Good News Headlines 5/15/2023


Photo courtesy U.S. Postal Service

Chief Standing Bear, Native American Civil Rights Icon, Is Honored On A Postal Stamp

by Emma Bowman, NPR

Chief Standing Bear, whose landmark lawsuit in 1879 established that a Native American is a person under the law, is on a new postage stamp. The U.S. Postal Service released a Forever stamp on Friday honoring the Ponca tribe chief, a civil rights icon known for his “I Am a Man” speech. The stamp’s release comes 146 years after the U.S. Army forcibly removed Chief Standing Bear and some 700 other members of the tribe from their homeland in northeast Nebraska. Standing Bear’s son was among those who died of hunger and disease after the tribe’s 600-mile journey on foot to the Indian Territory in Oklahoma.

Twins Walking 20 Miles In All 50 States To Raise Awareness About Foster Care System

by Good Morning America

Davon and Tavon Woods of South Carolina are trekking 20 miles in every state to raise awareness for young people growing up in foster care. The duo have already crossed off more than 20 states and say they won’t stop until their message reaches the entire country. “Davon and Tavon [are] definitely working toward a goal. They really are determined young boys to get their point across,” Felicia Bradshaw, a friend of the brothers, told “Good Morning America.” Shaped by their own time in foster care, the twins say they’re turning their experience into motivation. They founded Foster Kids Matter, an organization which raises support for foster children.

This Georgia Innovator Is Transforming Dilapidated Buildings Into Affordable Housing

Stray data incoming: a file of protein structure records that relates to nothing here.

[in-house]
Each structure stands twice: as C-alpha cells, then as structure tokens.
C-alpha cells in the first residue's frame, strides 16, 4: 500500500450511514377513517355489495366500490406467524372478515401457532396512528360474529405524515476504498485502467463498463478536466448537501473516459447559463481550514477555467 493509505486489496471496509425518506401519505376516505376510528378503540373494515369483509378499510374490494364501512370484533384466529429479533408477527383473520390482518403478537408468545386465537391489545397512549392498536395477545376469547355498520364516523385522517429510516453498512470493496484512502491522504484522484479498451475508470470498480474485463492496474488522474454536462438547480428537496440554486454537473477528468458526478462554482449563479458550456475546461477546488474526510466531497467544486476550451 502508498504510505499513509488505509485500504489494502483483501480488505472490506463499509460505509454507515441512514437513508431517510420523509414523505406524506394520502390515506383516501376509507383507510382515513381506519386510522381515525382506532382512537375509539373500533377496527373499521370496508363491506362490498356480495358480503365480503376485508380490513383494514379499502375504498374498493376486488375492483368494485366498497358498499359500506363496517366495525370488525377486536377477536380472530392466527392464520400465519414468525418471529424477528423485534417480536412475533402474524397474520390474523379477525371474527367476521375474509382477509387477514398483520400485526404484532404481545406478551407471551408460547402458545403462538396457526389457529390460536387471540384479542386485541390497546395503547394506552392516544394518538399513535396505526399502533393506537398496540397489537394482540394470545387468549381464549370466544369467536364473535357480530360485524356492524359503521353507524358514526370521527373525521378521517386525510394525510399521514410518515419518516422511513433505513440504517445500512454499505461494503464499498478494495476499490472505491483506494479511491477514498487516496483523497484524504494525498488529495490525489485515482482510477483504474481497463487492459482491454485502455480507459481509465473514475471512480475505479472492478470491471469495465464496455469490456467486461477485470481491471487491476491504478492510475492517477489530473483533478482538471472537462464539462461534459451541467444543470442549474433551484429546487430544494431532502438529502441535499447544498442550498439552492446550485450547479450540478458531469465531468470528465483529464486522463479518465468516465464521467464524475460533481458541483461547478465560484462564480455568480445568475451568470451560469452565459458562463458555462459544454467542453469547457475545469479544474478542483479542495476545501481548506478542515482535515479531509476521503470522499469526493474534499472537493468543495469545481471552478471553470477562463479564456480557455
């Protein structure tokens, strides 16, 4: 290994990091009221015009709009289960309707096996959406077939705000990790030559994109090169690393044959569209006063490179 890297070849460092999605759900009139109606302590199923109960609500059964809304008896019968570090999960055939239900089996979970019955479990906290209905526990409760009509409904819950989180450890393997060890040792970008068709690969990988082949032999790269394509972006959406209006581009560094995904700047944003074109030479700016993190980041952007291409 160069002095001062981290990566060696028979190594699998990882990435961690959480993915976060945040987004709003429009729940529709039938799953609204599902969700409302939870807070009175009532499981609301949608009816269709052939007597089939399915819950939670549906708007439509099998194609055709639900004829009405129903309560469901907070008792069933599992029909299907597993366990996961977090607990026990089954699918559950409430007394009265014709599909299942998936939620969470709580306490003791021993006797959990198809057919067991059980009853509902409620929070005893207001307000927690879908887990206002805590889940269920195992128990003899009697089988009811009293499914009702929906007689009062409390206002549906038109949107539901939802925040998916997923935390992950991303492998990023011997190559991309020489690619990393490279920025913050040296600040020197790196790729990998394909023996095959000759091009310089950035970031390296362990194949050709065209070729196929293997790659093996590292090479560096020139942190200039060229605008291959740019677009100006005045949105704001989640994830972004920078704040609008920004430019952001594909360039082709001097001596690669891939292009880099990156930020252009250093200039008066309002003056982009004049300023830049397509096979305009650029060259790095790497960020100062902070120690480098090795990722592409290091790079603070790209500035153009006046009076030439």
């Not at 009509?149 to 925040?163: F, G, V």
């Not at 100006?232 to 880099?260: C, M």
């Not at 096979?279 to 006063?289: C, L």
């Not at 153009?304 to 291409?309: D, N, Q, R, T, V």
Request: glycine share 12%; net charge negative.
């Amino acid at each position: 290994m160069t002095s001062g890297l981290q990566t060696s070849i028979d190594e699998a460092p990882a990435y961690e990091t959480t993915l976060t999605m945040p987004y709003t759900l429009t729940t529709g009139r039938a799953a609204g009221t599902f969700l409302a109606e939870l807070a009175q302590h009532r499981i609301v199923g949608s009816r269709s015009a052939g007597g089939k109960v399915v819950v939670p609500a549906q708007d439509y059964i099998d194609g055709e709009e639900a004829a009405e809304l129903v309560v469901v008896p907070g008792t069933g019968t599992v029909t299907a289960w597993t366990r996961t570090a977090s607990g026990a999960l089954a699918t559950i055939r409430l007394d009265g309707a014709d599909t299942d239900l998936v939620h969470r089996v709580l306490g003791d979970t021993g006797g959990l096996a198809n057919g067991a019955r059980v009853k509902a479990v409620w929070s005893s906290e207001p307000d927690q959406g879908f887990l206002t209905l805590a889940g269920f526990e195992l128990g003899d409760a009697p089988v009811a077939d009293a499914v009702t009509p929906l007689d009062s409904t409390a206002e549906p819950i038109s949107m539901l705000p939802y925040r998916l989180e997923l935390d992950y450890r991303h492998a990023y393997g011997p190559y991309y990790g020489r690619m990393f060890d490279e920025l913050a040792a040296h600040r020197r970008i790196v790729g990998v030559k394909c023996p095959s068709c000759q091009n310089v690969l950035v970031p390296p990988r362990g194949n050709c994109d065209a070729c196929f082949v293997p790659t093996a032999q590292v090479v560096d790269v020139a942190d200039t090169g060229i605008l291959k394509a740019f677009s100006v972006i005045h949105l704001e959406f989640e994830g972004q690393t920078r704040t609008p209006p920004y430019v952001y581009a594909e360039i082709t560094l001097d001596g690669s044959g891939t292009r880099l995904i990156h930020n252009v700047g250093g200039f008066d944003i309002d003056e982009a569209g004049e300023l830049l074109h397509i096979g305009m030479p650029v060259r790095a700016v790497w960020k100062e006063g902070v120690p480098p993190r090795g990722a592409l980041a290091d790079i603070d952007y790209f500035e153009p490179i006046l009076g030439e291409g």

by Catherine Garcia, The Week

There’s no building that can scare Marjy Stagmeier — show her a dilapidated apartment complex littered with trash, and she sees the opportunity to provide hundreds of families with affordable housing. It started with the Madison Hills Apartments in Cobb County, Georgia. The 446-unit property was blighted, criminal activity was high, and the kids who lived there went to a failing elementary school. It was clear that the “toxic effect” of the complex was spilling over to the school, Stagmeier, an affordable housing innovator, told The Week. After Stagmeier and her partners bought Madison Hills, they renovated it and formed a partnership with the school.

Norway’s Near-Total Adoption Of Electric Vehicles Appears To Be Going Smoothly, Defying Skeptics

by Peter Weber, The Week

Norway is more than a decade ahead of the U.S. in its adoption of electric vehicles. If the Biden administration’s goal of having 50 percent of new vehicles be electric by 2030 sounds ambitious, Norway passed that mark in 2019, The New York Times reports. In 2022, 80 percent of Norway’s new car sales were electric, and it plans to phase out gas-powered cars entirely in 2025. So far, “Norway’s experience suggests that electric vehicles bring benefits without the dire consequences predicted by some critics,” the Times reports.  Oslo’s air is noticeably cleaner — and much quieter — and its greenhouse gas emissions have dropped 30 percent since 2009

Microbes Discovered That Can Digest Plastics At Low Temperatures

by Helena Horton, The Guardian

Microbes that can digest plastics at low temperatures have been discovered by scientists in the Alps and the Arctic, which could be a valuable tool in recycling. Many microorganisms that can do this have already been found, but they can usually only work at temperatures above 30C (86F). This means that using them in industrial practice is prohibitively expensive because of the heating required. It also means using them is not carbon neutral. Scientists from the Swiss Federal Institute WSL have found microbes that can do this at 15C, which could lead to a breakthrough in microbial recycling. Their findings have been published in the journal Frontiers in Microbiology.